Routine Storm Sewer Maintenance
Our Storm Sewer Maintenance Process
- Mobilize and remove all debris, excess dirt from inside each catch basin within the desired area
- Provide hydro-jetting between all catch basins and points of collection/disposal
- Dispose of all debris offsite upon demobilization
- Provide follow up quotes for any recommendations discovered during the visit
Sewer jetting is a method of cleaning out sewers and drain lines by using high-pressure water streams through specialized jetting nozzles to dislodge and clear obstructions, as well as perform regular maintenance to prevent sewage backups. Regardless of whether the location is residential or a larger municipality, sewer jetting is vital to keeping storm drains and sewer lines in peak condition, helping prevent damage and mitigate further deterioration of the sewers.
There is a multitude of materials that can block and cause damage to sewer lines; fats, oils, grease, minerals, mud, sludge, dirt, and tree roots are all commonly found clogging sewers. There are a variety of machines, nozzles, and other tools that can tackle these jobs, but sewer jetting remains one of the easiest and safest methods of cleaning out sewer and drain lines.
Sewer Jetters go by many names: hydro-jetters, sewer cleaners, etc., and can be mounted on a truck, trailer, or skid. One of our most common systems is the 184 trailer jetter. Regardless of what it may be called and/or mounted on, it’s purpose is the same; cleaning and maintaining sewer systems using high-pressure water jets to clear debris and unwanted materials.
How Does It Work?
In sewer jetting, an engine (or another power source) powers a high-pressure water pump that builds up within the containment unit, effectively pressurizing the water. All high-pressure jetting units are rated by Pressure (PSI) and Water Flow (GPM). Both PSI and GPM are direct results of the available engine’s horsepower.
The high-pressure pump delivers water to a hose reel containing high-pressure jetting hose. This hose should be matched for the appropriate pressure and system flow. Once attached to the end of the jetting hose, the nozzle creates pressure within the system. Every nozzle is designed to direct high-pressure water streams back towards the entry point. This is to help propel the nozzle further down the line and pulling the jetting hose through the pipe. It’s important to note that nozzles must be sized to match the design of the engine and water pump. Plus, one should remember to factor in pressure loss due to the diameter and length of the jetting hose.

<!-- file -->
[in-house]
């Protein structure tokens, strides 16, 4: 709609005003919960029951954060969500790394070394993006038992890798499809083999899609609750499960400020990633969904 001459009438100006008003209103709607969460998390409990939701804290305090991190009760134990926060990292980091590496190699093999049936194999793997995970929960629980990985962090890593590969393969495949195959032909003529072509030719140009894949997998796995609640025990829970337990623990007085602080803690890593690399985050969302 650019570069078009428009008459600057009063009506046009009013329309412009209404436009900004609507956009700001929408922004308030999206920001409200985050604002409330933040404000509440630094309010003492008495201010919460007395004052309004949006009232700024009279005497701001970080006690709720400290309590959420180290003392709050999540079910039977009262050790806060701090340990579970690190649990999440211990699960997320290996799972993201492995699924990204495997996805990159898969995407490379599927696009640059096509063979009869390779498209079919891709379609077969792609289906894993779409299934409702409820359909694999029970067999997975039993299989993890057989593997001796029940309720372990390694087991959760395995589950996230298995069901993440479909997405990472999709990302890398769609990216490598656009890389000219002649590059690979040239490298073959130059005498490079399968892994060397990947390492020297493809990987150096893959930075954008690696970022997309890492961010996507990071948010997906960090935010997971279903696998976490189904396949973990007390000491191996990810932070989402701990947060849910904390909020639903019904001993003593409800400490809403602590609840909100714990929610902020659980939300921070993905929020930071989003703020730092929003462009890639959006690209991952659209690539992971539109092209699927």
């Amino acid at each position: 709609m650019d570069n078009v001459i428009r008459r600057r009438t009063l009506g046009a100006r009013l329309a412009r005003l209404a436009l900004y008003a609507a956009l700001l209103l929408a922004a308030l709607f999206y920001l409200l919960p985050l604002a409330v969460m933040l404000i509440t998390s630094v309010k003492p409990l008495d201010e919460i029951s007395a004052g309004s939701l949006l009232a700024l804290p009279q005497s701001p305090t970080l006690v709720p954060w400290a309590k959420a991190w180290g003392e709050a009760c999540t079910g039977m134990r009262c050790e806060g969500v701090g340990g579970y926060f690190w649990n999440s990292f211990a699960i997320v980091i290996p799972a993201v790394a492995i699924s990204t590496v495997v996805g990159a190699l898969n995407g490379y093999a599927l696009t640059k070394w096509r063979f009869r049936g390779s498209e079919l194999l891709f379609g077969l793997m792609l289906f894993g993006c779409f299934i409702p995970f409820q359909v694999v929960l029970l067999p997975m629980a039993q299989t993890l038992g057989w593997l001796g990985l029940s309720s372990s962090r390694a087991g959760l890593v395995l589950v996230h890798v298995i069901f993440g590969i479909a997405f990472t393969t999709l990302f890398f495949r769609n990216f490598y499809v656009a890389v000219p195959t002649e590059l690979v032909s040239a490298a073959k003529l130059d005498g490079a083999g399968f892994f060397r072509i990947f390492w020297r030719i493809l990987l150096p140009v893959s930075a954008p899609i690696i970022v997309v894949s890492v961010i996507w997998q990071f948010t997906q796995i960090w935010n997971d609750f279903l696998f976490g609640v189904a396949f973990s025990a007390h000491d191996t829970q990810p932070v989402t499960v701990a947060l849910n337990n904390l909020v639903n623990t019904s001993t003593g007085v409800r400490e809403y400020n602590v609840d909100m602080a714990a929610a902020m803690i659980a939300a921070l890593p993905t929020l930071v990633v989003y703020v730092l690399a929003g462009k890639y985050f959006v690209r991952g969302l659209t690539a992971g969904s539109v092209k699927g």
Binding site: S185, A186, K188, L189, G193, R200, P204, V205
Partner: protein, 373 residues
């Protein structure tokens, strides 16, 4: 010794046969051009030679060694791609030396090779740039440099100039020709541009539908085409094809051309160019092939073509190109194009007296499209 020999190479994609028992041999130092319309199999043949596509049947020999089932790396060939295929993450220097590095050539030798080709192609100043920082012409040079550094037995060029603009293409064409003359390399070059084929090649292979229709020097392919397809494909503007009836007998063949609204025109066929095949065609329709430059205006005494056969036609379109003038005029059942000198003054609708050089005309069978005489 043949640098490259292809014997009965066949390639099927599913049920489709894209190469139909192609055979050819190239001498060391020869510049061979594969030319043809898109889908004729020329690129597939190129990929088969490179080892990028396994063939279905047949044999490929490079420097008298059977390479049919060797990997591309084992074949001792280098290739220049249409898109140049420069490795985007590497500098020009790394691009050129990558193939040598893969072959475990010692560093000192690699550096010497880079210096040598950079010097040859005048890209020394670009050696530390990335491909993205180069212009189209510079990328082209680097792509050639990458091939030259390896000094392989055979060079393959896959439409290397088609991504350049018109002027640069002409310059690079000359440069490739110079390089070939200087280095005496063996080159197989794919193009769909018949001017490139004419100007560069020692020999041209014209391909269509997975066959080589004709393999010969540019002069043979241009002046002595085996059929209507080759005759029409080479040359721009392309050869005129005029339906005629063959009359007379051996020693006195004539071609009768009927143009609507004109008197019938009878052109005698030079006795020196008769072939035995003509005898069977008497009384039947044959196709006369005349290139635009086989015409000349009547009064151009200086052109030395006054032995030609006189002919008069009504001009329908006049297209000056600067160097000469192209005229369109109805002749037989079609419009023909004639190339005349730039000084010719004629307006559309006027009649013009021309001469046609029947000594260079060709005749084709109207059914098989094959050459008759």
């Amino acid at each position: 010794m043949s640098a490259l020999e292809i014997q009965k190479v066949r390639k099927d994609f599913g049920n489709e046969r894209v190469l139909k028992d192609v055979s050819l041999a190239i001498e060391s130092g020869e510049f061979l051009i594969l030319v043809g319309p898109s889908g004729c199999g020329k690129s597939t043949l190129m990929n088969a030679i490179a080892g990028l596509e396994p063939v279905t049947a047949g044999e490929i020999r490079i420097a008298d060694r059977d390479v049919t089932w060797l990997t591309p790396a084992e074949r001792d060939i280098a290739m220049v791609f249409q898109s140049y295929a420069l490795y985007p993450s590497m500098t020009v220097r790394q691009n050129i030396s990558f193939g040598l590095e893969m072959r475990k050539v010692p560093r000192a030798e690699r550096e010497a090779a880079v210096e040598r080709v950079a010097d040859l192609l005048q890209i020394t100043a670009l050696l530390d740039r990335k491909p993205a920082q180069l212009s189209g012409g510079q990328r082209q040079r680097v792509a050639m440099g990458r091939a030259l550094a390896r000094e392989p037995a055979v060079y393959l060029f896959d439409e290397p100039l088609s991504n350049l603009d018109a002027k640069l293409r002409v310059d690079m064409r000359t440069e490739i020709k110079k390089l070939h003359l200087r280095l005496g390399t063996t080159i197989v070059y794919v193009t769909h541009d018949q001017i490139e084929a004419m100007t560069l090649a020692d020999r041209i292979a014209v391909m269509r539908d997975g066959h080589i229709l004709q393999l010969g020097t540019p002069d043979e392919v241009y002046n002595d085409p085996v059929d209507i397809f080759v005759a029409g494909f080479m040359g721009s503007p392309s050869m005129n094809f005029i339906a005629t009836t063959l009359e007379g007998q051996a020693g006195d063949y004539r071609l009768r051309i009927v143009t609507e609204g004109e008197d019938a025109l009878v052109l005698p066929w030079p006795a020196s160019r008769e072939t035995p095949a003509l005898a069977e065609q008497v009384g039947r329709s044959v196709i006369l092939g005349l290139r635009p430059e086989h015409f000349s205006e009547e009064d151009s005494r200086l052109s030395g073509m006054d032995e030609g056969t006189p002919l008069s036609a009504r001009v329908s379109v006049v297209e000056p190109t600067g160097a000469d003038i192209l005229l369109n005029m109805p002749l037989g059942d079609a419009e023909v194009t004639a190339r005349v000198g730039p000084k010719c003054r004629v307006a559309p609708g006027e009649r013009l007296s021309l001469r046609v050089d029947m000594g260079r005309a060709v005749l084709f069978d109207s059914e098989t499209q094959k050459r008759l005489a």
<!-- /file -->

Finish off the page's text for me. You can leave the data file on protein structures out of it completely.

Angles of the water stream can be varied; water streams directed more toward the pipe wall surfaces produce better cleaning results. However, this diminishes the pulling power of the nozzle. Water streams directed towards the centerline of the pipe provide maximum pulling power but decreases pipe wall cleaning effectiveness.
Clearing Clogged Sewer Lines
To clear a clogged sewer line, use a nozzle with a forward jet or jets. Forward jet(s) only use a small proportion of the total GPM to bore through a blockage. This helps minimize loss of propulsion when clearing a clogged line. The forward jet is designed to bore into the blockage, allowing the rear jets with more flow to remove the bulk of the blockage. Note that a forward jet(s) may have reduced flow per orifice compared to the rear nozzle orifices; the pressure (PSI) is always the same at all orifices (but not always the pressure you think it might be, read more below).
It’s also important to note that depending on the material components of the blockage, different variations of flow and pressure is preferable. It boils down to a simple question; are you trying to cut through debris, or are you trying to flush the line out?
This article has been shared by Direct Service, Construction and Design to specifically accommodate our intended clientele. The intent of sharing this information is to better inform the public of these general topics, expand knowledge and safety for all and provide crucial information in regard to their MEP and building systems and/or assets. It is NOT our recommendation that any article recommendations or how-to scenarios be attempted by anyone other than a qualified or competent person.